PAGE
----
Ossia performing at Kilbourn Hall on the University of Rochester campus in April 2015

The music students here look a little stiff. They are sometimes awkward but most often confident and professional. They are so much fun watch as they scurry about, setting up for the next piece, then tuning and snapping into performance mode. Ossia, the Eastman student-run group dedicated to performing work by contemporary composers, put on their last show of the year, a program called “Colors of the Celestial City” (sounds like a Sun Ra title) and it was an especially good one.

Contemporary can mean almost anything but it is mostly defined by what it is not, European classical. Their previous show integrated programed music played through a sound system into the various performances. I could do without that. The students have access to every instrument imaginable. They are unbelievable performers and their theatre, Kilbourn Hall, guarantees the instruments will sound their best. Computer generated sounds coming through the PA just doesn’t sound as good in this setting.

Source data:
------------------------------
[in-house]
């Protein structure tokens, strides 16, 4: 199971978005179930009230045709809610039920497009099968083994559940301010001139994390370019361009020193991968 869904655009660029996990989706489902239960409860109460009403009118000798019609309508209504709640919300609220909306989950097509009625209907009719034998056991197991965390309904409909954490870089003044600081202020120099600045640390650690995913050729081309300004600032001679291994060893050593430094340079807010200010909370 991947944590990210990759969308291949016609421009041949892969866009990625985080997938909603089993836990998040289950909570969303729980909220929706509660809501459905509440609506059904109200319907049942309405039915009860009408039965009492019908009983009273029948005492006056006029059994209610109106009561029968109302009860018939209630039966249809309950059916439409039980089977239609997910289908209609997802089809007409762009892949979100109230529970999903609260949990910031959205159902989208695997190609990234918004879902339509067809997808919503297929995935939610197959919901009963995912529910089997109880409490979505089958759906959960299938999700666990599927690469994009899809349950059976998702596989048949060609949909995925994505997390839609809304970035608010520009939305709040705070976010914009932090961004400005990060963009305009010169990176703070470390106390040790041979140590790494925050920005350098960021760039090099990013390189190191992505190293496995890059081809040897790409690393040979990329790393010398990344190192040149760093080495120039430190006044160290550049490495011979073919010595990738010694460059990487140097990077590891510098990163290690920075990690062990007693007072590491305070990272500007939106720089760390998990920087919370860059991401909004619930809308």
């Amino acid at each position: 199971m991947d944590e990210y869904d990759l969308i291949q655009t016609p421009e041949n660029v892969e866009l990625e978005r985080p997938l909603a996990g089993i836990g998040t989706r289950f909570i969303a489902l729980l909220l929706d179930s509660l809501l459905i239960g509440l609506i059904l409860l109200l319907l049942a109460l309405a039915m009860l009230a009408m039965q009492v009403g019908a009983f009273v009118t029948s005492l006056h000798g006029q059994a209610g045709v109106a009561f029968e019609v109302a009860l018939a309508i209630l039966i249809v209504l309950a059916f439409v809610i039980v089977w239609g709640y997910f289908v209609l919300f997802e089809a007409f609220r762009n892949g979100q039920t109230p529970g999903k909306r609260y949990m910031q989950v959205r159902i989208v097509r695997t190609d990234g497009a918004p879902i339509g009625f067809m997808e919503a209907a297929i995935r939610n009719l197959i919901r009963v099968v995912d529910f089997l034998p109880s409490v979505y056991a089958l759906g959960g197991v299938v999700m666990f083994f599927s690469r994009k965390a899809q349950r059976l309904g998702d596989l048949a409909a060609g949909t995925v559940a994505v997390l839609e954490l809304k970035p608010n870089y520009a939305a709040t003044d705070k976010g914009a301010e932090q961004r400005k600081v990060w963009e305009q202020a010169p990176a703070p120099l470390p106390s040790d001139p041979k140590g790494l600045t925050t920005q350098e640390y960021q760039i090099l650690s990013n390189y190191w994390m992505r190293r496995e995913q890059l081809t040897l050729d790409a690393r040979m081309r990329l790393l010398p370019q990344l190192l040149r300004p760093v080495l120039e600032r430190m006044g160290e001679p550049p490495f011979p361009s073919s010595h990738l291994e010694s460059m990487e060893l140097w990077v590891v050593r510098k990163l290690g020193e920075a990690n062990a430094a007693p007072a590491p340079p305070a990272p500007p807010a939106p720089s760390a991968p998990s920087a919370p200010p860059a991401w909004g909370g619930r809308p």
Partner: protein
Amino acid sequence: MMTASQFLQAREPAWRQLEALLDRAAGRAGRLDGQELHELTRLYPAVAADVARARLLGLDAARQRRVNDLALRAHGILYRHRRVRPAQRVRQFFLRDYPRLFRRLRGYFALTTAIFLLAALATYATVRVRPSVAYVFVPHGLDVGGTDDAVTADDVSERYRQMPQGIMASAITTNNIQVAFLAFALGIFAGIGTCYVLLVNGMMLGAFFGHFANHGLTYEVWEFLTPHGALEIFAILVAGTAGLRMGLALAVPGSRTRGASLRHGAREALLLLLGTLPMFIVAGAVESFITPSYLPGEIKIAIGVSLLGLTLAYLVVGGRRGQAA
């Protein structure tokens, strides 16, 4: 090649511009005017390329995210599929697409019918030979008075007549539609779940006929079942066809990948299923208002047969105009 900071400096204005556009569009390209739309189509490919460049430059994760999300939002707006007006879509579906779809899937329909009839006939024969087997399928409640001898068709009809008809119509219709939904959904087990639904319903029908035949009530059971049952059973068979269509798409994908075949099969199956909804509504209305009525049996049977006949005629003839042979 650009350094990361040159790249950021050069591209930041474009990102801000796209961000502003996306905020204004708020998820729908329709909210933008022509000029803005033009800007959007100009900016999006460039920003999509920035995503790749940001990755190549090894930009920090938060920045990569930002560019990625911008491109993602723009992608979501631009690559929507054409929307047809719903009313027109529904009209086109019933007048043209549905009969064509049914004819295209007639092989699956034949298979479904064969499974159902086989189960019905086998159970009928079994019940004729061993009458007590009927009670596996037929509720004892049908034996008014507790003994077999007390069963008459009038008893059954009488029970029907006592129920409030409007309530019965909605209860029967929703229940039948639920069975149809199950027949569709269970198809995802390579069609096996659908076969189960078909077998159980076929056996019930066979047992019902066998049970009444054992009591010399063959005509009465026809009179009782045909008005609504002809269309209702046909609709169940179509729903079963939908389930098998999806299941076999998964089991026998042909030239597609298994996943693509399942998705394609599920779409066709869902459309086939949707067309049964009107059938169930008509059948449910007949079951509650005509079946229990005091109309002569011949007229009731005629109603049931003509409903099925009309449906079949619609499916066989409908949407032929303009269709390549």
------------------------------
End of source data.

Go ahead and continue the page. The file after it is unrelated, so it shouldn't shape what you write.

After the first two pieces, a guy in the small group sitting near us said, “That first piece was avant garde but that second piece, I’ve never heard anything like that.” So the avant guard is now quantifiable, limited. This is contemporary music. Our favorite piece of the night, George Benjamin’s “Octet (1978)”, was something that reminded us of the dreamy soundtrack to Altmans “Three Women.”

I Am Tam Tam

Monday, December 2nd, 2013

Ossia performing Ligeti's "Ten Pieces for Wind Quartet" ay Kilbourn Hall in Rochester, New York